The opinion of the court was delivered by: EDELSTEIN
MEMORANDUM OPINION AND ORDER
EDELSTEIN, District Judge:
Plaintiff brought this action to obtain an award of money for lost equipment allegedly due from defendant under an insurance policy. Jurisdiction is based on diversity of citizenship -- the plaintiff is a Delaware corporation with its principal place of business in New York engaged in leasing shipping containers, and the defendant is an insurance company with its principal place of business in Hong Kong.28 U.S.C. §§ 1132 and 1441. Defendant has moved pursuant to Fed. R. Civ. P. 12(b)(2) and 12(b)(4) for an order dismissing the complaint for lack of jurisdiction over the defendant or for forum non conveniens.
In June 1978 the plaintiff, Transamerica ICS, Inc., ("ICS"), entered into an agreement with Universial Container Service (H.K.) Ltd., trading as Hong Kong Container Lines, ("HK"), whereby ICS would lease overseas cargo shipping containers to HK for use in HK's carrier business. The agreement required the lessee, HK, to obtain insurance on the leased equipment with a loss payable clause in favor of ICS with respect to ICS equipment.
In November 1980 defendant Tugu issued policy no. HVM8052107 ("the Policy") to HK essentially renewing a former policy.
The policy named ICS as an insured. In March, 1981 HK ceased operations. ICS duly demanded return of its equipment, but HK failed to return much of the equipment it had leased from ICS. ICS notified Tugu that it would claim under the Policy for the lost equipment. It did so claim, and Tugu has refused to pay. ICS brought this suit to compel payment of $904,145.84 allegedly owed under the Policy.
After reviewing the parties' papers on the defendant's motion to dismiss, the court requested the parties to submit affidavits listing the situs of crucial exhibits and witnesses and memoranda briefing the issue of what law should apply to this action. The parties have submitted affidavits and memoranda.
In evaluating the defendant's motion to dismiss on the ground of forum non conveniens, the standard under which the court makes its decision is as follows: "Unless the balance is strongly in favor of the defendant, the plaintiff's choice of forum should rarely be disturbed." Alcoa Steamship Co. v. M/V Nordic Regent, 654 F.2d 147, 151 (2d Cir. 1980). The Supreme Court has stated, "there is ordinarily a strong presumption in favor of the plaintiffs choice of forum," and this is especially so, "when the plaintiffs has chosen the home forum." Piper Aircraft Co. v. Reyno, 454 U.S. 235, 255, 70 L. Ed. 2d 419, 102 S. Ct. 252 (1981). Ultimately, however, the decision lies within the discretion of the district court. Overseas Airways, Inc. v. Cargolux Airlines International, S.A., 712 F.2d 11, 14 (2d Cir. 1983).
The parties have submitted to the court lists of witnesses and exhibits that they assert will be necessary for trial. After a careful consideration of the items on these lists, the court concludes that the defendant has met its burden of showing that the balance is strongly in its favor.
The plaintiff, in order to prove its prima facie case, will need to show that the containers on which it claims insurance are indeed lost or constructively lost, and it will need to show its expenses incurred in salvaging the remaining containers. To do this the plaintiff will need documents, most of which are in New York (the others are around the world), and the documents' custodians, most of whom are in New York. Plaintiff might be able to make a prima facie case based on these documents, but defendant will need to bring other witnesses and documents to prove its defense, which it has raised in its motion papers, that the loss was caused by the wilful acts of the insured.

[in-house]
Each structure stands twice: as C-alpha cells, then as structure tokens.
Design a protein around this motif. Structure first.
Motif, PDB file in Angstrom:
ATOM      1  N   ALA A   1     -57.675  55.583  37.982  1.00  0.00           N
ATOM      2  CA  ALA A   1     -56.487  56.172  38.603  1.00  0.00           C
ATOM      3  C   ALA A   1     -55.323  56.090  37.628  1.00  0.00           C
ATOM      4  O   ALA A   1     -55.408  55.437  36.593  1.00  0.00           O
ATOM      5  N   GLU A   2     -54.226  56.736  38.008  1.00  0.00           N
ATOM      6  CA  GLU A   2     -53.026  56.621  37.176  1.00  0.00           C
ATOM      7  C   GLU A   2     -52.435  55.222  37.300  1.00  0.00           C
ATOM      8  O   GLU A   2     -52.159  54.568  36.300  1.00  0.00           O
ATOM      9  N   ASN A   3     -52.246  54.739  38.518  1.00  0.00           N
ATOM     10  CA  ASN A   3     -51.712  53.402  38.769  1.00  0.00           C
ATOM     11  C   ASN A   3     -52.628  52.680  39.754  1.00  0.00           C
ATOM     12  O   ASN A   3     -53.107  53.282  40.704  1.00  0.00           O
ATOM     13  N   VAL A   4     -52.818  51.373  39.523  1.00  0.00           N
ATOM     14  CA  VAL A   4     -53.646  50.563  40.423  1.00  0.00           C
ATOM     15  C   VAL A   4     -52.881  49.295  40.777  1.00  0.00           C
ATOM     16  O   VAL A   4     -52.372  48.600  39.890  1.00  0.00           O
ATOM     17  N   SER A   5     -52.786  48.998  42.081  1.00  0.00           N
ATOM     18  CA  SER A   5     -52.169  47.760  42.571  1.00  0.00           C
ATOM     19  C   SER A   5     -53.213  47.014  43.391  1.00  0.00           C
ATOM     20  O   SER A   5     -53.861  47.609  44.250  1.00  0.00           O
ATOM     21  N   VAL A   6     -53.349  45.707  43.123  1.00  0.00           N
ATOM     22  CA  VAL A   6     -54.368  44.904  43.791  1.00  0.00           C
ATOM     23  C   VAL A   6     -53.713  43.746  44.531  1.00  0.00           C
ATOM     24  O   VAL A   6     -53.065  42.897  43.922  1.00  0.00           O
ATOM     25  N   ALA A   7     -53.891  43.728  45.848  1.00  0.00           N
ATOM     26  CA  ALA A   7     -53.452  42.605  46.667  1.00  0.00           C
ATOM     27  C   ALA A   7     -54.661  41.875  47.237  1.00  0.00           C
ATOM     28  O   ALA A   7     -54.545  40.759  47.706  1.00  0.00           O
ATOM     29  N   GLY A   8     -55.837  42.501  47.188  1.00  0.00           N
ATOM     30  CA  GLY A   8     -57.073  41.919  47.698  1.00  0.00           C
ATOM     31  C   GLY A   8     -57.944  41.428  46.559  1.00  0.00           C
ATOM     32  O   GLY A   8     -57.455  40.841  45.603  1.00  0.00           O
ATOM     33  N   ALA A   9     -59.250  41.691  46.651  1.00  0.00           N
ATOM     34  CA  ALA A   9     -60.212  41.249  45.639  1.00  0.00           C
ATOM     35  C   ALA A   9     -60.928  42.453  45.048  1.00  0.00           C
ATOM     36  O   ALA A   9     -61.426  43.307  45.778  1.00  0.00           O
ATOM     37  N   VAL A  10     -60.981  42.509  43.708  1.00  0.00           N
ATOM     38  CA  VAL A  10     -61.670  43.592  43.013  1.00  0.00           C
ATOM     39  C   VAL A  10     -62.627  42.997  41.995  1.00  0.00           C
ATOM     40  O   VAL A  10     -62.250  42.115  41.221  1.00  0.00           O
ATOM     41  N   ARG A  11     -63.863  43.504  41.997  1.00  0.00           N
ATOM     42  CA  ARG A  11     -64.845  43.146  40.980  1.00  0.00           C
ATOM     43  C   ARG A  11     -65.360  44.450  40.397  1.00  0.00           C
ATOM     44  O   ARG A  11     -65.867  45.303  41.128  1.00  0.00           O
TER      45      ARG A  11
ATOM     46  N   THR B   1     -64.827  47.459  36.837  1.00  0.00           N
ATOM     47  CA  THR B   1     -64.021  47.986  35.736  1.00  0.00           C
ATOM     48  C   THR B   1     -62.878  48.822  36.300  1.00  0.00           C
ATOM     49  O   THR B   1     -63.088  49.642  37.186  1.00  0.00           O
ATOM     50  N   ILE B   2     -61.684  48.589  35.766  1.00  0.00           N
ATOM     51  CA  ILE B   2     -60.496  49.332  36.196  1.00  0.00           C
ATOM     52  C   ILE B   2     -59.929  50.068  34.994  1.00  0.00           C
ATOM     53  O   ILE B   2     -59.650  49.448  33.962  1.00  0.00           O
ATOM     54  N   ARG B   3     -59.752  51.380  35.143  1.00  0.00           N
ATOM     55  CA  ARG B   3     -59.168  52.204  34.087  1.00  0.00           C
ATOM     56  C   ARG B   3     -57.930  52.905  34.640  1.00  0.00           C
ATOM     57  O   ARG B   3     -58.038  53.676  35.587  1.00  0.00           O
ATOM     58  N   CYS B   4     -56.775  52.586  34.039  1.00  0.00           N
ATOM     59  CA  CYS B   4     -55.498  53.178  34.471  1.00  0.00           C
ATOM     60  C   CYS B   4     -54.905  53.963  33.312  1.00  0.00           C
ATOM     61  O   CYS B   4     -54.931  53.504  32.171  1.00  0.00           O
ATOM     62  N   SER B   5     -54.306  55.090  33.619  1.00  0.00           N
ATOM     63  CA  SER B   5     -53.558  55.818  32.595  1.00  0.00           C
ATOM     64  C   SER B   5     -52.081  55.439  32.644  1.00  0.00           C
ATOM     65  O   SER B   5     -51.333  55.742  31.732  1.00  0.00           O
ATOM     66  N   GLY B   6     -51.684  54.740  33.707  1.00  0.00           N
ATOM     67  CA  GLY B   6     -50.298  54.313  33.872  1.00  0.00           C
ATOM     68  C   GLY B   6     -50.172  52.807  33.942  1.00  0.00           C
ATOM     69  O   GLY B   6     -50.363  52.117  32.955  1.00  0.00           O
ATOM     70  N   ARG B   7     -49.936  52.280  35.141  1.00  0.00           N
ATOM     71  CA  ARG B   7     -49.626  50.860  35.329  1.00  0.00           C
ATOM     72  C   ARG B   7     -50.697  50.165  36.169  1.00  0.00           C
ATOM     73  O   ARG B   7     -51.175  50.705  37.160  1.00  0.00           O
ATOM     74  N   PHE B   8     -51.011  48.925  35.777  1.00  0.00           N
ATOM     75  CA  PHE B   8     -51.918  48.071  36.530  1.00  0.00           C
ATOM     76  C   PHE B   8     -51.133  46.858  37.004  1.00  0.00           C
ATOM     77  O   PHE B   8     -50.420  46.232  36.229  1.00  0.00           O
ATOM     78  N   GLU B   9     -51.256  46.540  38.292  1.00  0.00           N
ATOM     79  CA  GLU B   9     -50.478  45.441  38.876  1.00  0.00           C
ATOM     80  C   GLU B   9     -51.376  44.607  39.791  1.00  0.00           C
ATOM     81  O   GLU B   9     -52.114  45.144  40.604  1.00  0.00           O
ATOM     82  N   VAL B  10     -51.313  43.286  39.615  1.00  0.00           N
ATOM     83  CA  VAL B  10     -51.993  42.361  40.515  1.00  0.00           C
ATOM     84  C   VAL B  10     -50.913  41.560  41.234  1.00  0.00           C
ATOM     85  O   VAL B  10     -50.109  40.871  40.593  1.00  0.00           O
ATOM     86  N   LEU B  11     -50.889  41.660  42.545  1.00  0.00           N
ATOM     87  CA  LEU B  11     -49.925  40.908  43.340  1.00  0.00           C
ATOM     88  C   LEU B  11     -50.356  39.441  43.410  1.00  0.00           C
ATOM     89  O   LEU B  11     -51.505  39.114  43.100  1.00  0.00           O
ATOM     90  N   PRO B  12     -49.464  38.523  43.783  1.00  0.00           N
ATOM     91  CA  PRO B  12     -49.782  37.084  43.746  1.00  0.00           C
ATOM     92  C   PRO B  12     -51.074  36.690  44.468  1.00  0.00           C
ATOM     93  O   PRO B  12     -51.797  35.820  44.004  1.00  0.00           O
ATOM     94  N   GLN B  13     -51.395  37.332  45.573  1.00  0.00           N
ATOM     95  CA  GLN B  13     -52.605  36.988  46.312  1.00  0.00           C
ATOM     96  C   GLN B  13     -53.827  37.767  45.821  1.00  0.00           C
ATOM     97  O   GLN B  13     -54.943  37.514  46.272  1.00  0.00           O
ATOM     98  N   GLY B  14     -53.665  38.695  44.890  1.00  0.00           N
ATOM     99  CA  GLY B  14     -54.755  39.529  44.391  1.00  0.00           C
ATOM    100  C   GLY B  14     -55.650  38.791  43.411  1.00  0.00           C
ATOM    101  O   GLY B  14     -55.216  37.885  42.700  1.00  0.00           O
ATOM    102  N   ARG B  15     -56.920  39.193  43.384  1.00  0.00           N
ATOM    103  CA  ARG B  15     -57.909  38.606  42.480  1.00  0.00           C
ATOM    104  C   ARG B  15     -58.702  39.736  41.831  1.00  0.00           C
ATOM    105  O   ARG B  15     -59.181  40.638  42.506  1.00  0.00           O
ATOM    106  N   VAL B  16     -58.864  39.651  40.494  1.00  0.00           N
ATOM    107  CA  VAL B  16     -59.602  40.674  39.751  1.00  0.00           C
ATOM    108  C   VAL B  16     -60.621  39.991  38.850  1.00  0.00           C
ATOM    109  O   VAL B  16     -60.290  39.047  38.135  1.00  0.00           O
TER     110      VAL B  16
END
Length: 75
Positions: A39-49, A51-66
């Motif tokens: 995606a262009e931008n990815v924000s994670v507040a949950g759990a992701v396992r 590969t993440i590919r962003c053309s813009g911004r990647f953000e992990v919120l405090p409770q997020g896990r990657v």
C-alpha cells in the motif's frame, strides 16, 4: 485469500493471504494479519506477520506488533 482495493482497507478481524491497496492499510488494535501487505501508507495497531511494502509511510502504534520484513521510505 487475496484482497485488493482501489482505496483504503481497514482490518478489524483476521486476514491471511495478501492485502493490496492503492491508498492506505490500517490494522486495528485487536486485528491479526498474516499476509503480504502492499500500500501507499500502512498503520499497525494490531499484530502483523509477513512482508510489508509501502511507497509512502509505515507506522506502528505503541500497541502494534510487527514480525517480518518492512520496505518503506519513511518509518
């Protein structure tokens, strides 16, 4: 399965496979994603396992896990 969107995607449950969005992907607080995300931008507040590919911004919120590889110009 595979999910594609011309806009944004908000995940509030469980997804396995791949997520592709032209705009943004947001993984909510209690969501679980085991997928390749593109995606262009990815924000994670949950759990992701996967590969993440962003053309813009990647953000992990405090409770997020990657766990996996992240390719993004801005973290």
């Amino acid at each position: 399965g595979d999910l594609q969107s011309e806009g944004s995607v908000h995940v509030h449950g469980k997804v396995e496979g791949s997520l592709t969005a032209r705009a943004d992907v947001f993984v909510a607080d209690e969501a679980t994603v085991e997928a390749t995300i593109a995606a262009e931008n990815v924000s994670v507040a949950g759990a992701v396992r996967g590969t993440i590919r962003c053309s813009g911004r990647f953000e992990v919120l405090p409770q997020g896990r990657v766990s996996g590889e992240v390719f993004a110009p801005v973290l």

Defendant will need to bring witnesses of the salvage operations from around the world if it is to fairly contest the plaintiff's asserted expenses. Further, it is likely that defendant is correct in its contention that plaintiff also will need these witnesses to bolster its case. These witnesses are in the Far East, many in Hong Kong, or elsewhere around the world outside the United States.
The defendant further contends the plaintiff's documents are hearsay and are not admissible under the business records exception based on merely the authentication of the New York custodians. The court sees no need to engage in a long disquisitiion on the rules of evidence relating to the question raised by defendant. It cannot be ruled out that the plaintiff may be able to persuade the court at trial that the documents should be admitted under Fed. R. Evid. 803(6), yet it is a fact of life in this case that many other documents from around the world, as discussed above, will also have to be introduced.
In addition, the defendant points to two issues that cannot be tried based solely on sources in New York. First, the defendant asserts that it will need to introduce evidence of the inntent of the parties in signing the insurance contract and that all the relevant documents and witnesses are in Hong Kong or England. Second, because Hong Kong law applies to this dispute,
defendant asserts that expert witnesses in Hong Kong law will have to be introduced and that they will have to come from Hong Kong.
As to proving the intent of the parties in signing the contract, the parties have submitted briefs on the hong Kong parole evidence rule, and these submissions indicate that the Hong Kong rule is substantially the same as that applied in =P0001*8 United States courts. The defendant has raised the issue of to what extent the insurance policy covers losses that are the the indirect result of bankruptcy, see note 3 supra. The contract appears to be ambiguous on this point. For the purposes of this motion, the defendant as the moving party has met its burden of persuasion by showing an ambiguity in the "wilful act" exclusuion, which will likely call for the ...